Ulster Club SFC: Clann Eireann’s Barry McCambridge ready for the ‘unknown’ as Creggan battle looms


Barry McCambridge
Barry McCambridge helped Clann Eireann to a first Armagh SFC title since 1963
Venue: Corrigan Park, Belfast Date: Sunday, 5 December Throw-in: 13:30 GMT
Coverage: Match report and match highlights online

The final whistle at the Athletic Grounds sent Barry McCambridge into a state of shock.

Clann Eireann were the kings of Armagh football once again, but McCambridge didn’t know quite how to react.

In a moment of unspoken euphoria, he locked eyes with Sean McCarthy, one of the players who had accompanied him during their rise through the club’s underage ranks.

“It didn’t really hit me after the game,” admits McCambridge.

“My dad showed me a video of myself and Sean McCarthy just staring at each other, we didn’t know what to do. We were in shock for that long.”

It took a while, but eventually it did sink in. For the first time since 1963, Clann Eireann had ascended to the pinnacle of Armagh football after beating Crossmaglen Rangers in a dramatic, nerve-shredding decider that went down to the wire and sparked jubilant scenes in Lurgan.

“We drove back to our pitch,” recalls 22-year-old McCambridge, who made his senior debut for the club at the age of 16.

“There were Clann Eireann flags everywhere and it hit me, what we did and how much it means to everyone.”

They nearly didn’t do it, of course. Smarting from losing last year’s final to Maghery, Cross were determined to see it over the line, and charged into a six-point lead early in the second half, only for the Lurgan men to rein Rangers in with Ruairi McDonald smashing home a brilliant goal before Jack Conlon’s long-range punt deceived Tiarnan McConville on its way into the net via the post.

A Rian O’Neill score for Cross on the cusp of injury-time levelled matters, but Conor Turbitt stepped up for Clann Eireann, sending two kicks between the posts to realise a Clann dream 58 years in the making.

Going six points down to Cross in a county final would usually spell the end for most teams, but not Clann. Not this year.

While from the outside looking in it appeared as though the Cross game was slipping through their grasp, McCambridge insists Clann Eireann’s perseverance and handy knack for digging out results is a product of their graft on the training pitch and in the gym over the last year.

“There are times when you might have a tiny bit of doubt [about it slipping away], but the way we finished all our games, like Maghery or Ballymacnab or the Cross game, the last 15 we’ve come out flying,” he said ahead of Sunday’s Ulster Club quarter-final with Antrim champions Creggan at Corrigan Park, a debut in the senior provincial series for both clubs.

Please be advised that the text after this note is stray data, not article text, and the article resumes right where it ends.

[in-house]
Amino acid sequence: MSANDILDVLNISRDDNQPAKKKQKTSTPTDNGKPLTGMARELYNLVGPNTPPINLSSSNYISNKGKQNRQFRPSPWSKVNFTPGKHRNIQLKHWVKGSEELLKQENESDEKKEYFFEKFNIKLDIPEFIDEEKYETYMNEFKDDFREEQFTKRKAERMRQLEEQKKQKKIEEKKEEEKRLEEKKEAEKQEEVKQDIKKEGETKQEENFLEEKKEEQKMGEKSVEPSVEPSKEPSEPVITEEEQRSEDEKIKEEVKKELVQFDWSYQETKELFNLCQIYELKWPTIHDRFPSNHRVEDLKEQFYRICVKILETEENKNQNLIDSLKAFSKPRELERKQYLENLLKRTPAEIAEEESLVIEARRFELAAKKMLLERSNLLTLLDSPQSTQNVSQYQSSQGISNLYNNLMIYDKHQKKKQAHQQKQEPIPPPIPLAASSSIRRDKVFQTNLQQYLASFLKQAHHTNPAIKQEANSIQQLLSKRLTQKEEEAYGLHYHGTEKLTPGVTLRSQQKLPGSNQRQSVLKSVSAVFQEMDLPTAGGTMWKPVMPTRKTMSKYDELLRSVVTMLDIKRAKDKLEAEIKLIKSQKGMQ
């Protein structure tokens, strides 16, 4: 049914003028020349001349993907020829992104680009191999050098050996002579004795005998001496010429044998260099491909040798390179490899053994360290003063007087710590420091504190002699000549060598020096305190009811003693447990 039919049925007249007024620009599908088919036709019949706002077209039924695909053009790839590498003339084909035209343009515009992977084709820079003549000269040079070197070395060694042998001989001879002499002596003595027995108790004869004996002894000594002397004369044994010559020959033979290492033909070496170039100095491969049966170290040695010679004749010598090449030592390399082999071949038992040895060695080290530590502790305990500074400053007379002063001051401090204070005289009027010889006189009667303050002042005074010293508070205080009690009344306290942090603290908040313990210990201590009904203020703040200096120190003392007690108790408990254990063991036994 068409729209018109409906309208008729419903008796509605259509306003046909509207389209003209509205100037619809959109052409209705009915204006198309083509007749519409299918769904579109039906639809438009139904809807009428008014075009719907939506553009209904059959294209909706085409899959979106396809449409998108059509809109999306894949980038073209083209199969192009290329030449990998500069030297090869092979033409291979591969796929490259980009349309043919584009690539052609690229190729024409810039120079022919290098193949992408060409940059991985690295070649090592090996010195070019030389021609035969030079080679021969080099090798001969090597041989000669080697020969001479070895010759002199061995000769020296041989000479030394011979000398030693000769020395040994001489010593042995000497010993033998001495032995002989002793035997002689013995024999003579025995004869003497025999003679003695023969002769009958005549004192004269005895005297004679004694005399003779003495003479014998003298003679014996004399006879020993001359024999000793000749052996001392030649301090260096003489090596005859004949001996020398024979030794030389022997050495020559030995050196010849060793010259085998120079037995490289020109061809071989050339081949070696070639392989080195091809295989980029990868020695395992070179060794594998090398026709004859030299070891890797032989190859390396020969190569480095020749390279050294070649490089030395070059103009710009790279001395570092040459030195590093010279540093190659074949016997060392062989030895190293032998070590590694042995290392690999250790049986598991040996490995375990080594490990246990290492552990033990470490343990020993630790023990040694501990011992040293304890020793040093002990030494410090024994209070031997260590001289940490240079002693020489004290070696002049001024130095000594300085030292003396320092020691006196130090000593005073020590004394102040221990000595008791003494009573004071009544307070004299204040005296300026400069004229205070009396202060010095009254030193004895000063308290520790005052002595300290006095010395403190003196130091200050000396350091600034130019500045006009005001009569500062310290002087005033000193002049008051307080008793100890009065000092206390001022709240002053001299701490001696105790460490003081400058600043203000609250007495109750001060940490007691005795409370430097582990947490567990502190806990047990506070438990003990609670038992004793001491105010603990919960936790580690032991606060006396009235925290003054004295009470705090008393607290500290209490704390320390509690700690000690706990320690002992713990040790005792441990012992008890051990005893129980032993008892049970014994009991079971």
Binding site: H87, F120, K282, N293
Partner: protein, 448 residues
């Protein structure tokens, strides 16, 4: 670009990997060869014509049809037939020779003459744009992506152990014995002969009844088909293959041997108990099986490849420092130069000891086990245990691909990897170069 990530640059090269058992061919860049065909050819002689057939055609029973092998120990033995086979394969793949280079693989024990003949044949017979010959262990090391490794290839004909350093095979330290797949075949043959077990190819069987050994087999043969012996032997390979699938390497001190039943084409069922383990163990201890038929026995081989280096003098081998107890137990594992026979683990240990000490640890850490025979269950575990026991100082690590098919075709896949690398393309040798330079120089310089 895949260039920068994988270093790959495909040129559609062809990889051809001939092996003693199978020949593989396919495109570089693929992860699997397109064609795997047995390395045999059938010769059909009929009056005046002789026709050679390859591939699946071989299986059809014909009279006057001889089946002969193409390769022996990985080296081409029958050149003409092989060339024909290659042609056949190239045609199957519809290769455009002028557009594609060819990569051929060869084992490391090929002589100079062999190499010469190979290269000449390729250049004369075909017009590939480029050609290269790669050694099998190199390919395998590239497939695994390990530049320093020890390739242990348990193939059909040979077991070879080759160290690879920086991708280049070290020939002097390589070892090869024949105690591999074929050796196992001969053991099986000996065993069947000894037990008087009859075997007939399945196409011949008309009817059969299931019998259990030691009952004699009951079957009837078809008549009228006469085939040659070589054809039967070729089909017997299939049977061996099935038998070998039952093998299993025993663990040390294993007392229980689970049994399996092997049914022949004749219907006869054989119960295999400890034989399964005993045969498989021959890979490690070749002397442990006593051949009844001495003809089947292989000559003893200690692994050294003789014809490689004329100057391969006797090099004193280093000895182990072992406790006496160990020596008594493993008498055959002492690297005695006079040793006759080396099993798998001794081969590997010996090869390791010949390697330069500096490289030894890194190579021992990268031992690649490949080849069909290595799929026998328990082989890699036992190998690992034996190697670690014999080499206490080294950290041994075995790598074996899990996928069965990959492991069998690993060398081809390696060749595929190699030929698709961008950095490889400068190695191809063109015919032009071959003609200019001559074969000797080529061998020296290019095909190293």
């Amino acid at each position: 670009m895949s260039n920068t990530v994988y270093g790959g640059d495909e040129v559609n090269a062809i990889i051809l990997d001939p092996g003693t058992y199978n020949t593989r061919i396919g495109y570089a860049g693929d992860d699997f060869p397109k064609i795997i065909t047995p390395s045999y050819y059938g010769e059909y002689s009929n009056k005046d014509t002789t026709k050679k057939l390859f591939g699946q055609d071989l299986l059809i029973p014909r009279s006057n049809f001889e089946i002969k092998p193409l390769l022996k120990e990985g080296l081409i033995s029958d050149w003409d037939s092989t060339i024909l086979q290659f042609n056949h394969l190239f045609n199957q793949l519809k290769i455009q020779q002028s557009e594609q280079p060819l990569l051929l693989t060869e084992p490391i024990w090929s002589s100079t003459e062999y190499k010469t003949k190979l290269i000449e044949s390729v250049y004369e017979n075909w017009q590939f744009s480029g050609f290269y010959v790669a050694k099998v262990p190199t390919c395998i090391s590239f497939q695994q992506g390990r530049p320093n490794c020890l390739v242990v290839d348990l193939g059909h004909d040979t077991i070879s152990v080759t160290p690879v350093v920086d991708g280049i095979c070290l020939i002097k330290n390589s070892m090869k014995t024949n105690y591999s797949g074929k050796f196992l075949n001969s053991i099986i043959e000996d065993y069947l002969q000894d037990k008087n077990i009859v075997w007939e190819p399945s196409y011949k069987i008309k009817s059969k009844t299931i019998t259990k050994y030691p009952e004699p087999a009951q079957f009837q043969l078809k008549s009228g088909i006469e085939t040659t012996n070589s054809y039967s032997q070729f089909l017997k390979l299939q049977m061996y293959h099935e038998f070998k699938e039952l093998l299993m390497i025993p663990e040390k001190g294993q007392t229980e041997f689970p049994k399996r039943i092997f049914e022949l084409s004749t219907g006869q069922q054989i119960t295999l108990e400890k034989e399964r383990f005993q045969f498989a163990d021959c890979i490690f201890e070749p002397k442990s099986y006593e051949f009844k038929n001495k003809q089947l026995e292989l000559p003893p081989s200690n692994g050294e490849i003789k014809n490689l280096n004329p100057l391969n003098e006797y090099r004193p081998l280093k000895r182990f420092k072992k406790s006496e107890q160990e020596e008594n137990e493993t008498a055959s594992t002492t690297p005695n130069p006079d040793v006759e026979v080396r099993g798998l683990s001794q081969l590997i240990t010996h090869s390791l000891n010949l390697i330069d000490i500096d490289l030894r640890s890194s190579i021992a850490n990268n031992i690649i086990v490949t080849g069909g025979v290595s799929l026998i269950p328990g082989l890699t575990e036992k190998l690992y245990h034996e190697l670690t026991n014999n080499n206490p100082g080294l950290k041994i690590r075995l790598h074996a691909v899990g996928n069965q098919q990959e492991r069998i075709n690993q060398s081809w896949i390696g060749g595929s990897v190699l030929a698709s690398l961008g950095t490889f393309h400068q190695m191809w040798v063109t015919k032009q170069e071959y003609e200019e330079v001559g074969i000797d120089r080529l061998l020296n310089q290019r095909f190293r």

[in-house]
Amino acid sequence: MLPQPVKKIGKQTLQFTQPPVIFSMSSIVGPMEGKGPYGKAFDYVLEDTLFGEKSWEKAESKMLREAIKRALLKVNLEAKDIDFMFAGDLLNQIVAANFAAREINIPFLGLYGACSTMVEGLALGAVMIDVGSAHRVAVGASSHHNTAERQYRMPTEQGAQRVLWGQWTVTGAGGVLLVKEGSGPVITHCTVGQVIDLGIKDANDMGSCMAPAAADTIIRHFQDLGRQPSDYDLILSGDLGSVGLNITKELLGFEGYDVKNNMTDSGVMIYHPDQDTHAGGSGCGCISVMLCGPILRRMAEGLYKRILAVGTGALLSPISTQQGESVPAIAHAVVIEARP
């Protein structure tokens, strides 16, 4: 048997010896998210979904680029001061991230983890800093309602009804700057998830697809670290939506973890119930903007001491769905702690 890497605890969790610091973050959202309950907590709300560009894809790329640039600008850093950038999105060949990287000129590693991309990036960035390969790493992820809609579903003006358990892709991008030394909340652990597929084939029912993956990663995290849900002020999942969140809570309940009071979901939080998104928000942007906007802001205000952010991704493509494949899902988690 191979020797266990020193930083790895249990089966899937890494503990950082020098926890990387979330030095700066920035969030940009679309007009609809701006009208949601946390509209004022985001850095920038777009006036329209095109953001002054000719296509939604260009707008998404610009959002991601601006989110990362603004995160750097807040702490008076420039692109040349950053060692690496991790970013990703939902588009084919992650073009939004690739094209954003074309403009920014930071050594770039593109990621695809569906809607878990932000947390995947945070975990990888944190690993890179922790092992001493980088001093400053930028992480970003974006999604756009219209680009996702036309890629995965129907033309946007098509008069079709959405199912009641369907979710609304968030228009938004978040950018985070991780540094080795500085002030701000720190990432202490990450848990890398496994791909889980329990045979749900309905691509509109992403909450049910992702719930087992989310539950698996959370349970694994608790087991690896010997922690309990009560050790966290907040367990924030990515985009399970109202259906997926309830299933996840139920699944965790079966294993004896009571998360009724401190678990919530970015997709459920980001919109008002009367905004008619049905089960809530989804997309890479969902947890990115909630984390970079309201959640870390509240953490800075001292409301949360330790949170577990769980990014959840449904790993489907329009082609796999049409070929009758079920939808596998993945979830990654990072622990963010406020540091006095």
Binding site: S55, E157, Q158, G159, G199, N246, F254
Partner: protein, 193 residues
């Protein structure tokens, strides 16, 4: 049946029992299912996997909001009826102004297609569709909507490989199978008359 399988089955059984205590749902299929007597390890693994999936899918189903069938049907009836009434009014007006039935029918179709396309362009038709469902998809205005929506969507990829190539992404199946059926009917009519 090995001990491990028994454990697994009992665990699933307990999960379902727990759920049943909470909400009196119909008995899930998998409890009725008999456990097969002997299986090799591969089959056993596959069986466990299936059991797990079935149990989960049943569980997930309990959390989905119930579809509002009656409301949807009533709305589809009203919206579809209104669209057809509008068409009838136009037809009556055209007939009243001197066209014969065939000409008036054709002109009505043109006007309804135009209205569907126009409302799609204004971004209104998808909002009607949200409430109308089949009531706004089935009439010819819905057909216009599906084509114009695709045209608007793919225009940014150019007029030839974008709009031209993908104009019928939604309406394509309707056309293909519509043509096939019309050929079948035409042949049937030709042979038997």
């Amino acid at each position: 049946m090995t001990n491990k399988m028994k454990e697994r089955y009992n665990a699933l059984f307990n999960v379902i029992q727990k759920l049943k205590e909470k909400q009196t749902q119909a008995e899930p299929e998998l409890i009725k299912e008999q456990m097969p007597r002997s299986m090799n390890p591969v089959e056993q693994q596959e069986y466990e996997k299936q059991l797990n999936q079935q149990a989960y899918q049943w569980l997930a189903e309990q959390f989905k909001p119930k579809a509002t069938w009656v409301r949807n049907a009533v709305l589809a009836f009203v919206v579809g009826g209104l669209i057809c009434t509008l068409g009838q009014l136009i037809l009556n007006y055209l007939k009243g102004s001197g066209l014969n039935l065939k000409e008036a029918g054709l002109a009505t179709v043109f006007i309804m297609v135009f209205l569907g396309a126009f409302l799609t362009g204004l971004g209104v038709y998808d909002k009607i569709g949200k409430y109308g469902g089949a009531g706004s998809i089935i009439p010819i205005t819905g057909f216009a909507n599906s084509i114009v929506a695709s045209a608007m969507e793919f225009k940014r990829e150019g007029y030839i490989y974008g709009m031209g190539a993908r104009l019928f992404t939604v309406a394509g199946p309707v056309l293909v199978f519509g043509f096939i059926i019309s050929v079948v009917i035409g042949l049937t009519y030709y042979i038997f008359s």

“It’s really helped us. We’ve been training very hard this year and the fitness levels have been crazy for all the boys, so we know that we have that impact off the bench as well to help us get over the line.

“But nobody really panicked. You could tell from the game, we obviously got a bit of luck for one of the goals, but we were always there, flying towards the end. They were able to bring it back level but we managed to get up the pitch and get two good scores to finish it off.

“We’ve a really tight-knit group. Over lockdown, everyone was training flat-out because we know the competition within the team, everyone wants to push for a starting spot. We have 30 players pushing each other as hard as they can in training, and that’s only going to improve us.”

Ulster Club the ‘unknown’ for both teams

Creggan celebrate their Antrim SFC win
Creggan beat Aghagallon to clinch the Antrim title for the first time in 67 years

McCambridge, who is studying sports science at Ulster University’s Jordanstown campus, talks about the “tight-knit” nature of the Clann panel more than once during our conversation.

Indeed, seven of his Under-10s team-mates were in the squad for the Cross game: Conor Turbitt, Conor McConville, Eoghan Mulholland, Conan O’Carroll, Sean McCarthy, Aodhan McConville and Ruairi McConville (another two – Rioghan Meehan and Ryan Owens – were injured).

And McCambridge knows that Clann Eireann need to utilise that acute knowledge of each other and ensure that everyone operates at optimum efficiency to overcome a Creggan side riding a similar euphoric wave having conquered Antrim for the first time in 67 years.

“We’ve watched a few videos of Creggan, but there’s only so much you can see in a video,” admits McCambridge, whose uncles Conor, Michael and Ciaran and cousin Ryan represented Antrim in hurling.

“Until you get there, you don’t know what’s going to happen or what they’re going to bring to the game, but if you’re winning the county championship and beating teams like Cargin and Aghagallon, you’re going to be a good side, and you can see they’re a big, physical team.

“But the likes of Maghery and Ballymacnab, they’re big sides as well, but you enjoy those types of games.

“But look, we’ve got a game and want to win, we’re going to give it everything and see what happens, hopefully we can get across the line.”

On playing in a senior Ulster club series for the first time, the Armagh player added: “We have underage provincial experience – I’ve played Paul McGirr (Ulster U16 Club Champions Tournament) and the year below me won the Paul McGirr, but it’s obviously different when you come to senior.

“The more you win, the more confidence you’re going to have, but it [Ulster Club SFC] is still the unknown, and we know we’re playing a very good side.”


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